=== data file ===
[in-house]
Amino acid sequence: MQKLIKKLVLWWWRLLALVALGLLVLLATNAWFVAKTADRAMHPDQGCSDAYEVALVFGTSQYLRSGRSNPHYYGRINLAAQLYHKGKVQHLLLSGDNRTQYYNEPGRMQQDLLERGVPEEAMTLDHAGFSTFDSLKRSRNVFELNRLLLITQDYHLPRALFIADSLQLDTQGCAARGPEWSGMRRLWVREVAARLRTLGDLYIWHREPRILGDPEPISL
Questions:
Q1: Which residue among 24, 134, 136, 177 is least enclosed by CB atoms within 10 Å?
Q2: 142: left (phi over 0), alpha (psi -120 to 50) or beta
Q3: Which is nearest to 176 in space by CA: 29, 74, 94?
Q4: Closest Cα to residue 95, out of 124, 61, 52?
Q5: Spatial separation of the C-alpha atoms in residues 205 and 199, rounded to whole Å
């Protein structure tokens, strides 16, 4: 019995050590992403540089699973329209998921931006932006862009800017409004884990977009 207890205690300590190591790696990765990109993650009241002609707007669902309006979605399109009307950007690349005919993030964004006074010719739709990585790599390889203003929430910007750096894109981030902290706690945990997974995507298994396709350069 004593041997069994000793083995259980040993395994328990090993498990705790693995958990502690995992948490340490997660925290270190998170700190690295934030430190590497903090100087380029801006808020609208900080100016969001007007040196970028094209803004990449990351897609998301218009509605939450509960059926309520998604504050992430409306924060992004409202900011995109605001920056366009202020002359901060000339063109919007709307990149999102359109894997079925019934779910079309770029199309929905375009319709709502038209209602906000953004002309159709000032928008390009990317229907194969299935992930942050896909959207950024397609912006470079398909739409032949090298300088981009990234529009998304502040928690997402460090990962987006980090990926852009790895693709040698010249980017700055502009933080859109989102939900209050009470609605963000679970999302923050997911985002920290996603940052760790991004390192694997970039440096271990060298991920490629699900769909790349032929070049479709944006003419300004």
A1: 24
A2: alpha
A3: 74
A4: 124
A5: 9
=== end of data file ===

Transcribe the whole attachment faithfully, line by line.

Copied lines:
[in-house]
Amino acid sequence: MQKLIKKLVLWWWRLLALVALGLLVLLATNAWFVAKTADRAMHPDQGCSDAYEVALVFGTSQYLRSGRSNPHYYGRINLAAQLYHKGKVQHLLLSGDNRTQYYNEPGRMQQDLLERGVPEEAMTLDHAGFSTFDSLKRSRNVFELNRLLLITQDYHLPRALFIADSLQLDTQGCAARGPEWSGMRRLWVREVAARLRTLGDLYIWHREPRILGDPEPISL
Questions:
Q1: Which residue among 24, 134, 136, 177 is least enclosed by CB atoms within 10 Å?
Q2: 142: left (phi over 0), alpha (psi -120 to 50) or beta
Q3: Which is nearest to 176 in space by CA: 29, 74, 94?
Q4: Closest Cα to residue 95, out of 124, 61, 52?
Q5: Spatial separation of the C-alpha atoms in residues 205 and 199, rounded to whole Å
């Protein structure tokens, strides 16, 4: 019995050590992403540089699973329209998921931006932006862009800017409004884990977009 207890205690300590190591790696990765990109993650009241002609707007669902309006979605399109009307950007690349005919993030964004006074010719739709990585790599390889203003929430910007750096894109981030902290706690945990997974995507298994396709350069 004593041997069994000793083995259980040993395994328990090993498990705790693995958990502690995992948490340490997660925290270190998170700190690295934030430190590497903090100087380029801006808020609208900080100016969001007007040196970028094209803004990449990351897609998301218009509605939450509960059926309520998604504050992430409306924060992004409202900011995109605001920056366009202020002359901060000339063109919007709307990149999102359109894997079925019934779910079309770029199309929905375009319709709502038209209602906000953004002309159709000032928008390009990317229907194969299935992930942050896909959207950024397609912006470079398909739409032949090298300088981009990234529009998304502040928690997402460090990962987006980090990926852009790895693709040698010249980017700055502009933080859109989102939900209050009470609605963000679970999302923050997911985002920290996603940052760790991004390192694997970039440096271990060298991920490629699900769909790349032929070049479709944006003419300004």
A1: 24
A2: alpha
A3: 74
A4: 124
A5: 9